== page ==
An Odor of Sanctimony:  Responses to the Charlie Hebdo Murders

Russell Blackford

On January 7, 2015, two masked Islamist gunmen launched a paramilitary attack on the Paris offices of Charlie Hebdo, a satirical weekly newspaper. They killed twelve people, among them the paper’s editor, Stéphane Charbonnier (also known as “Charb"), while leaving others wounded. The dead included two police officers as well as ten Charlie Hebdo staff. Four of the victims, including Charbonnier, were much-loved though often taboo-busting and controversial cartoonists.

The gunmen, Saïd and Chérif Kouachi, were killed in a shoot-out with police two days later. In a related episode, another gunman, identified as Amedy Coulibaly, took hostages in a kosher grocery store in Paris. Four hostages were killed before the siege was ended by police but so, for better or worse, was the gunman. Coulibaly was likely responsible for the earlier killings of a Parisian policewoman and a suburban jogger. By the time this article is published, more details will be known—but I fear more such attacks will have occurred.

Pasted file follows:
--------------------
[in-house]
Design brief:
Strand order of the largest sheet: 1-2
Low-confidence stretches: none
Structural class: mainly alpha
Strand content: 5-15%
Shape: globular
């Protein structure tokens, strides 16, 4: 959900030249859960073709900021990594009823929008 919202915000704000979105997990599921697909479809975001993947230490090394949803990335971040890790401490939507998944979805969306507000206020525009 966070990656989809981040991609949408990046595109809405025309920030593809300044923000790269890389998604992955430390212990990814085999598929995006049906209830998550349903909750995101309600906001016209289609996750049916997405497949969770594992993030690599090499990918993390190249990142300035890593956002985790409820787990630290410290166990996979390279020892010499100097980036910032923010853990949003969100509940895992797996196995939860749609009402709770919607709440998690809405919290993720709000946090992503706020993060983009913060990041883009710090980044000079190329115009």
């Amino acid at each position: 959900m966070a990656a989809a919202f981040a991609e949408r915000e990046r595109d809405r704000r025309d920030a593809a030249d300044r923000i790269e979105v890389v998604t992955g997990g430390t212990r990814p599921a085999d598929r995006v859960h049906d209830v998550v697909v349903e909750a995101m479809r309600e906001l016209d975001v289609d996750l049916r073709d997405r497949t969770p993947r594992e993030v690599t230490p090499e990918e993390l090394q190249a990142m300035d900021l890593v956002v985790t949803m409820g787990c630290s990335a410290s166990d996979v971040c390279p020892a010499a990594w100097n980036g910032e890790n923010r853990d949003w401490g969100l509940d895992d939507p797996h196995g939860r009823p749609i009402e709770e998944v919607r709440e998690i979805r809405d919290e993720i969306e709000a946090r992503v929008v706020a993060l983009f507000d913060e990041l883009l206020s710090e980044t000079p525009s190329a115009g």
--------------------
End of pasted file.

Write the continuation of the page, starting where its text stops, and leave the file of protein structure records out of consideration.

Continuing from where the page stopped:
Even as I’ve drafted these paragraphs, the Hamburger Morgenpost, a German regional newspaper that reprinted cartoons from Charlie Hebdo, has been firebombed. Fortunately, there was no loss of life this time and relatively little property damage. That’s some small comfort.

This article is available to subscribers only.
Subscribe now or log in to read this article.